Pathogens are disease causing agents, such as bacteria, viruses, or other microorganisms. Although bacteria are very commonly found in the human body, doing no harm, and even benefiting human health, in some cases bacteria can become pathogenic, being detrimental to the proper functioning of the body.

Phelix is interested in the effect particular pathogenic bacteria have on those who have a chronic infection.
We aim to explore the link between chronic infection and neurodegeneration.

Here are some of the pathogenic bacteria we study:


Borrelia is a genus of bacteria of the spirochete phylum. It causes Borreliosis, a disease transmitted primarily by ticks and lice, depending on the species. It is an obligate parasite which, when in the body, can live inside the cells and cause damage.
The bacterium are named after the French biologist Amédée Borrel. There are currently 36 known species of Borrelia.


Rickettsia is a genus of bacteria. They are also obligate intracellular parasites.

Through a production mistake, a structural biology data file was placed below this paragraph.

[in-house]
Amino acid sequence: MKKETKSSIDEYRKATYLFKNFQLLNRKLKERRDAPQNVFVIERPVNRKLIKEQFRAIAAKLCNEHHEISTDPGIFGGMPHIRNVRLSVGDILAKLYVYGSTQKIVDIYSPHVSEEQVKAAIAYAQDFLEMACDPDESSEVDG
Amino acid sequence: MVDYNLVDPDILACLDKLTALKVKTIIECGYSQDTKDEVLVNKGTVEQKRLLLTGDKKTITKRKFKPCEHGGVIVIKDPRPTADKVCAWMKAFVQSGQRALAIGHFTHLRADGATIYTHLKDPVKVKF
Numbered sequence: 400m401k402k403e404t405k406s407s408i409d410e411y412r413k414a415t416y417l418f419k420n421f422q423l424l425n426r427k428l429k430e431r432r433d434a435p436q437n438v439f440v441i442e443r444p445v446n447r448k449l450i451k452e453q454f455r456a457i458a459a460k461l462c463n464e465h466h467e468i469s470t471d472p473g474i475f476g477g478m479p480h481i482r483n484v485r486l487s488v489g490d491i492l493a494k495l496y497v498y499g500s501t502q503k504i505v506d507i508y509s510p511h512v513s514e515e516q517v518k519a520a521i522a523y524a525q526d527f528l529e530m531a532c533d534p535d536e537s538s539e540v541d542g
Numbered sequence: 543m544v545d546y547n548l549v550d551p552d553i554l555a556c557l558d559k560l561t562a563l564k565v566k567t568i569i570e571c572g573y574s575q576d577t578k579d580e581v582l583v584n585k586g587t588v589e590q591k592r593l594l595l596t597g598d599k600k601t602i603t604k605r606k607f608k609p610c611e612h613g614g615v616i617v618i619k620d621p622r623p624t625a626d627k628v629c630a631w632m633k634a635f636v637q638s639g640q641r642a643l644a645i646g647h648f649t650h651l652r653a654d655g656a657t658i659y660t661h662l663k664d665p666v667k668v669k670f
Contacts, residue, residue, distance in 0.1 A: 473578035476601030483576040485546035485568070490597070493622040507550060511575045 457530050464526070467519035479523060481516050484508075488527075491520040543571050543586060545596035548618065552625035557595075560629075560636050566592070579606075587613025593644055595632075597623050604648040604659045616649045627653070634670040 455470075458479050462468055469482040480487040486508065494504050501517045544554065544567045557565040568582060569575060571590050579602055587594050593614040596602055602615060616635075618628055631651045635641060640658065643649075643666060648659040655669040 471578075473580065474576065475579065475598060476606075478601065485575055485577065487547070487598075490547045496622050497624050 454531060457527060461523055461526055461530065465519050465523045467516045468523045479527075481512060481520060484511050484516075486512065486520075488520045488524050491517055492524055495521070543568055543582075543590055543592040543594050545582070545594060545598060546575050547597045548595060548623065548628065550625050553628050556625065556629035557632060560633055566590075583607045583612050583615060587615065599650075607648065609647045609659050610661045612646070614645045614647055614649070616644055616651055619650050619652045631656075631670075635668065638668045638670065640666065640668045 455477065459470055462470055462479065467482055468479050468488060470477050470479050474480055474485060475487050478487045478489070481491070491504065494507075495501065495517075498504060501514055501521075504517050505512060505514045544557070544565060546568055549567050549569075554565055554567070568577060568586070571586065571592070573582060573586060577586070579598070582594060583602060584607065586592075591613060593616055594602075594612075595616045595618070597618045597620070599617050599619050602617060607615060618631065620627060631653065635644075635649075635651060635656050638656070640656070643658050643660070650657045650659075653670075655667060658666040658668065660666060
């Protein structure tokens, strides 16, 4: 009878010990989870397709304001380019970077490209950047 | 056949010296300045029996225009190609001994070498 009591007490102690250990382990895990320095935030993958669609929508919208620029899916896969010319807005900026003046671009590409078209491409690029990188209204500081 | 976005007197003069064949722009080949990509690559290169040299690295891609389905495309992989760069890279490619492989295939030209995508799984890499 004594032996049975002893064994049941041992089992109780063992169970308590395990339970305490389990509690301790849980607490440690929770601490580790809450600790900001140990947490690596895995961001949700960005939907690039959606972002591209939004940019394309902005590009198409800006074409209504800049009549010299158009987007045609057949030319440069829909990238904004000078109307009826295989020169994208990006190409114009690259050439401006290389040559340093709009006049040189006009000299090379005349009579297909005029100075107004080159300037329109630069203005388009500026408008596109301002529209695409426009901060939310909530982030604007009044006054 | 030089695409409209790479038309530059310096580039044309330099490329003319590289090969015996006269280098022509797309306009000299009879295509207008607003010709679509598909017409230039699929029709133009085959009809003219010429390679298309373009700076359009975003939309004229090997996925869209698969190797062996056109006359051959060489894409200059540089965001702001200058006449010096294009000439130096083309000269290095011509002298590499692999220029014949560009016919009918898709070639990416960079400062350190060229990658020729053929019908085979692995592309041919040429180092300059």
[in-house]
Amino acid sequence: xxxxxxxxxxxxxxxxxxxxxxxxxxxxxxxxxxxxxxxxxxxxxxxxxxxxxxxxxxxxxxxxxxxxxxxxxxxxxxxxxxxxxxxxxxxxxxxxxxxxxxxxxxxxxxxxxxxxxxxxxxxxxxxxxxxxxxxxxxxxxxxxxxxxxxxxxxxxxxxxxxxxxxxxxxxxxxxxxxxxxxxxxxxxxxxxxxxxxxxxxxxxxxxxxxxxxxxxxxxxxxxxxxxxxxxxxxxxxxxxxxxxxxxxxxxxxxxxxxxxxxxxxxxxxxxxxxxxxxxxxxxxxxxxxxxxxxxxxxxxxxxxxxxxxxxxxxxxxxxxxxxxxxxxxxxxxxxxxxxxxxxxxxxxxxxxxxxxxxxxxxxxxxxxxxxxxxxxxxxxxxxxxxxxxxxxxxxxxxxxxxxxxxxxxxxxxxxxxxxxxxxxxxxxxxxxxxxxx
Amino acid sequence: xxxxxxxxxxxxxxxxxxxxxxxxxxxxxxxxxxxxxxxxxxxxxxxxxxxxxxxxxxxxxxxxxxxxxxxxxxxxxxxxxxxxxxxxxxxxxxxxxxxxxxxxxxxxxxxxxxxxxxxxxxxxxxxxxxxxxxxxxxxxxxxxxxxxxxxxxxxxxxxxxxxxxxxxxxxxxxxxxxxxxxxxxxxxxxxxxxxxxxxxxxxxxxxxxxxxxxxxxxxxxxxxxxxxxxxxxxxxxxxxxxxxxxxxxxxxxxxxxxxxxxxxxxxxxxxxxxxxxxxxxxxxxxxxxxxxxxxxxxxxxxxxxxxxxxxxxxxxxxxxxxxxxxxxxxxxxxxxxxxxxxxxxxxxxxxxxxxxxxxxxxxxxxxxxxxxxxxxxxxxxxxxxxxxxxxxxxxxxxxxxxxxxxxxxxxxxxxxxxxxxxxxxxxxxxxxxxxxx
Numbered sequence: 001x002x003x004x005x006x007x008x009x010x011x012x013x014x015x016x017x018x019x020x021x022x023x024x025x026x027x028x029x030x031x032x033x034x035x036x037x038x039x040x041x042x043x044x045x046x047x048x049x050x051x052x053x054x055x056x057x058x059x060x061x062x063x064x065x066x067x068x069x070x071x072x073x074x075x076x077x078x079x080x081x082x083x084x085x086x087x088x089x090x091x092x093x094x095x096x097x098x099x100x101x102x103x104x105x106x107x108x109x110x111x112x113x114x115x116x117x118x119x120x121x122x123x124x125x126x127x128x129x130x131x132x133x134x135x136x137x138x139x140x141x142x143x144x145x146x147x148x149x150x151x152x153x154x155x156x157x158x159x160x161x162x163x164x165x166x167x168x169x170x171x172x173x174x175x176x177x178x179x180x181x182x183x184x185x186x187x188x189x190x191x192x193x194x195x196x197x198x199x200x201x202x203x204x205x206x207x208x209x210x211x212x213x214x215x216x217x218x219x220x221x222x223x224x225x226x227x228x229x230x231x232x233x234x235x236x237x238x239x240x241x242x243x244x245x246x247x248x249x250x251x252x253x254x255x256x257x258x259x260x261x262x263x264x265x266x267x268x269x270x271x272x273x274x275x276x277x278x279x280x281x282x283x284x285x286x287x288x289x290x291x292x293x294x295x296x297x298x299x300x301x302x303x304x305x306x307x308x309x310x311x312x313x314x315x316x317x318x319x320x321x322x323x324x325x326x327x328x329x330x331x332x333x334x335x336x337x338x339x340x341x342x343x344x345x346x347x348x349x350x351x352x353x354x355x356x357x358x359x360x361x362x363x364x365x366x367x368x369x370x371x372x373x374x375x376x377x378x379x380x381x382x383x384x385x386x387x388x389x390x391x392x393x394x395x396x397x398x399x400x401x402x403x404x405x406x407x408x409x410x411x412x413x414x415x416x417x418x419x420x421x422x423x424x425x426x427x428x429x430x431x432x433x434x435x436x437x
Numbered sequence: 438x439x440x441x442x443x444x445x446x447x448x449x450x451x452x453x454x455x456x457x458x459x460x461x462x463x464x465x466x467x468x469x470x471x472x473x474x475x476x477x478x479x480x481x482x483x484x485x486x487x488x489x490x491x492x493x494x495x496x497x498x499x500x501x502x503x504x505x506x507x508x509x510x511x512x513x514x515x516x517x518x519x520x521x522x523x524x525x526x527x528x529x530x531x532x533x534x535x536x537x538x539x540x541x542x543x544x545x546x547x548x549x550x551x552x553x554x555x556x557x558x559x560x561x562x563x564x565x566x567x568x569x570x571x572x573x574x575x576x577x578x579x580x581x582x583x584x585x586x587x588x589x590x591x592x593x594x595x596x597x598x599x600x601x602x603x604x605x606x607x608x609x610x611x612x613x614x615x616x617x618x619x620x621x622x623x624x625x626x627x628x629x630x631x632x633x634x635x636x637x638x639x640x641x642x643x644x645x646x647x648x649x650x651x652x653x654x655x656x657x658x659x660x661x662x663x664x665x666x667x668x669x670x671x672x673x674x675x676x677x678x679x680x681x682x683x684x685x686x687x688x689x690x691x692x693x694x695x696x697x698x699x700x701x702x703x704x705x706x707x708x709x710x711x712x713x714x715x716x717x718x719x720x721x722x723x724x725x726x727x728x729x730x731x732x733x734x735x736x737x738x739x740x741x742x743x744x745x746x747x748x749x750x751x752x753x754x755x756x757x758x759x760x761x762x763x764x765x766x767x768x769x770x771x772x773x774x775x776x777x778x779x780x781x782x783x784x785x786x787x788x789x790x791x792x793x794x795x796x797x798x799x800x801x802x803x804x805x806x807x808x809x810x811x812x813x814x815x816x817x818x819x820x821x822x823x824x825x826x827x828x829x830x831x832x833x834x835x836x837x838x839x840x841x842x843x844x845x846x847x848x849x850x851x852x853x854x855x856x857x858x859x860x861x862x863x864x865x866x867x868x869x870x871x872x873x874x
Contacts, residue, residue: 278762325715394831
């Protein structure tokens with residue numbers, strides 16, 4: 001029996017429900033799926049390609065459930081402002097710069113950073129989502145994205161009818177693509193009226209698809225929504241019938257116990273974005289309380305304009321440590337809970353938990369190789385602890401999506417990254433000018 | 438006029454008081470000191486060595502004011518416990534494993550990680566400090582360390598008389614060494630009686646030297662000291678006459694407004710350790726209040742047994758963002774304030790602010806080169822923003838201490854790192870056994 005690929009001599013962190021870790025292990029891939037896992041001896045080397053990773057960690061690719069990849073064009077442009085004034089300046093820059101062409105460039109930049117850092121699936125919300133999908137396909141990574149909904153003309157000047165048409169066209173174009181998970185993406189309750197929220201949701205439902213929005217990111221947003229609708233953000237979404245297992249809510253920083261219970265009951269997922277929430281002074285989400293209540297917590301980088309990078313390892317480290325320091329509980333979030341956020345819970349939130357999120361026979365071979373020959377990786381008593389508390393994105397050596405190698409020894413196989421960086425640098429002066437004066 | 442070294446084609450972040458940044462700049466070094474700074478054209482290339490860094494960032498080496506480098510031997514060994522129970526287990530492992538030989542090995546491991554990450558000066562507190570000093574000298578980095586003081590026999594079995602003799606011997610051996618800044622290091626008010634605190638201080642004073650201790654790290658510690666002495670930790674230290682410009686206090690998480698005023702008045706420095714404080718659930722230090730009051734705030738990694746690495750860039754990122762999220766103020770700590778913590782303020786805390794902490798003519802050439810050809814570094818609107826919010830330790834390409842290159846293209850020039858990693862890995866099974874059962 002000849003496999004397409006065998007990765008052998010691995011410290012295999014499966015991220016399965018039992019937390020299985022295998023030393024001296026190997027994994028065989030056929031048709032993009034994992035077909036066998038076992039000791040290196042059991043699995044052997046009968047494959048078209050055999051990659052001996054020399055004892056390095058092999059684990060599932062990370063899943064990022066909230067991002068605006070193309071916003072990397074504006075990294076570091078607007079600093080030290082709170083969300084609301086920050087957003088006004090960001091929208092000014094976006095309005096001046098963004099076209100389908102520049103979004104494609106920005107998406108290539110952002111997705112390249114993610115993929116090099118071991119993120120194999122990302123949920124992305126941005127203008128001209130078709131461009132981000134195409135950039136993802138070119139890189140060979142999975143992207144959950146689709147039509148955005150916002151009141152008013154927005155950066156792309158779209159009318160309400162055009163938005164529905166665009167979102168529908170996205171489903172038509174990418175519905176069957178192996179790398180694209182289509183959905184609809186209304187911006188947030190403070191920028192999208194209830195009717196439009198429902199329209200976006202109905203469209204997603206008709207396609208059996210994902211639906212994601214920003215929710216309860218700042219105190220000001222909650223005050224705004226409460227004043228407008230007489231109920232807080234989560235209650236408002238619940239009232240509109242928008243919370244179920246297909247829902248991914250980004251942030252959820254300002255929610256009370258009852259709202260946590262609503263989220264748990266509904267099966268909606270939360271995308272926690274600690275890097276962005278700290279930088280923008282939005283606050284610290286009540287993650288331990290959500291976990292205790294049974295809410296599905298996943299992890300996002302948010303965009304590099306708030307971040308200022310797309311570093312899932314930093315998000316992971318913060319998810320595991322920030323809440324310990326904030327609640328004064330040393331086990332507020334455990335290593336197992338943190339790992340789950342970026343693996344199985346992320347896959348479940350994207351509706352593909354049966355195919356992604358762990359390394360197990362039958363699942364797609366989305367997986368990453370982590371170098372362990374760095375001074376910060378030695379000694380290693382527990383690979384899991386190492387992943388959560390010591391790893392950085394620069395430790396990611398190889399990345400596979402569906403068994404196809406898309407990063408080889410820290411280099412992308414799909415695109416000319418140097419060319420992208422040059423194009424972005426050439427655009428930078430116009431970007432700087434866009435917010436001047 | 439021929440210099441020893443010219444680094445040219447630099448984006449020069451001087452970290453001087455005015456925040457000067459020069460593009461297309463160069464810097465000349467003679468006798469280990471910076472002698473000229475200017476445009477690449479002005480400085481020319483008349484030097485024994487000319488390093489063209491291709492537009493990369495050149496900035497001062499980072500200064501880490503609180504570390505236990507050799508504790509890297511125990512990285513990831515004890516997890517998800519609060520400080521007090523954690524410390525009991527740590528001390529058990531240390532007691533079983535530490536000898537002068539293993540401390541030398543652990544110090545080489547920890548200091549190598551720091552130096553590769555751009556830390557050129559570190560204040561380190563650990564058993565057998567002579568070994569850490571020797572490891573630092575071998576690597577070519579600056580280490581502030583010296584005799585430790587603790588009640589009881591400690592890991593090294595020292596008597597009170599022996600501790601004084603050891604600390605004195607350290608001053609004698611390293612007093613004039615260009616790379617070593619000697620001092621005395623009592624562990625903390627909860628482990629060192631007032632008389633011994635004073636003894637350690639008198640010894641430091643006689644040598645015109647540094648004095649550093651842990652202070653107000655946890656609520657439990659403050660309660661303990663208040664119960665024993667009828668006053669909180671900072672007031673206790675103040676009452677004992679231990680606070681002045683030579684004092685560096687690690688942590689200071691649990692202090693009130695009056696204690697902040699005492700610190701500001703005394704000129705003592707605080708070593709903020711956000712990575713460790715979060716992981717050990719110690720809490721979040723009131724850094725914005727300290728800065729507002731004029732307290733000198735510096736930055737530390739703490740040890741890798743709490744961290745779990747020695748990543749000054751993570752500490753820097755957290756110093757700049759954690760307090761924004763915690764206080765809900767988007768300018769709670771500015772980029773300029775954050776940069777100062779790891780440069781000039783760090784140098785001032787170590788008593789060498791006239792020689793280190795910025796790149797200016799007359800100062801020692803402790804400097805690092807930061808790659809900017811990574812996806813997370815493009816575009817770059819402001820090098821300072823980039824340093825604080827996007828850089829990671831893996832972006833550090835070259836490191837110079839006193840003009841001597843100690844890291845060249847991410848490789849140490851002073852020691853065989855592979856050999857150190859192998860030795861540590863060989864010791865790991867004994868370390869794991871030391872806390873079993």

Rickettsia are transmitted by ticks, fleas and lice and are associated with human disease such as typhus.




Mycoplasma is a genus of intracellular bacteria which lack a cell wall around their cell membrane which makes them difficult to treat with antibiotics.
Some species have been linked with pneumonia and inflammatory conditions.




Chlamydia is a genus of obligate intracellular bacteria. The bacteria are known to cause ocular, genital and respiratory infections.
There are 3 species of Chlamydia and all three can cause disease in humans.





More about the link between chronic infections and neurodegenerative conditions.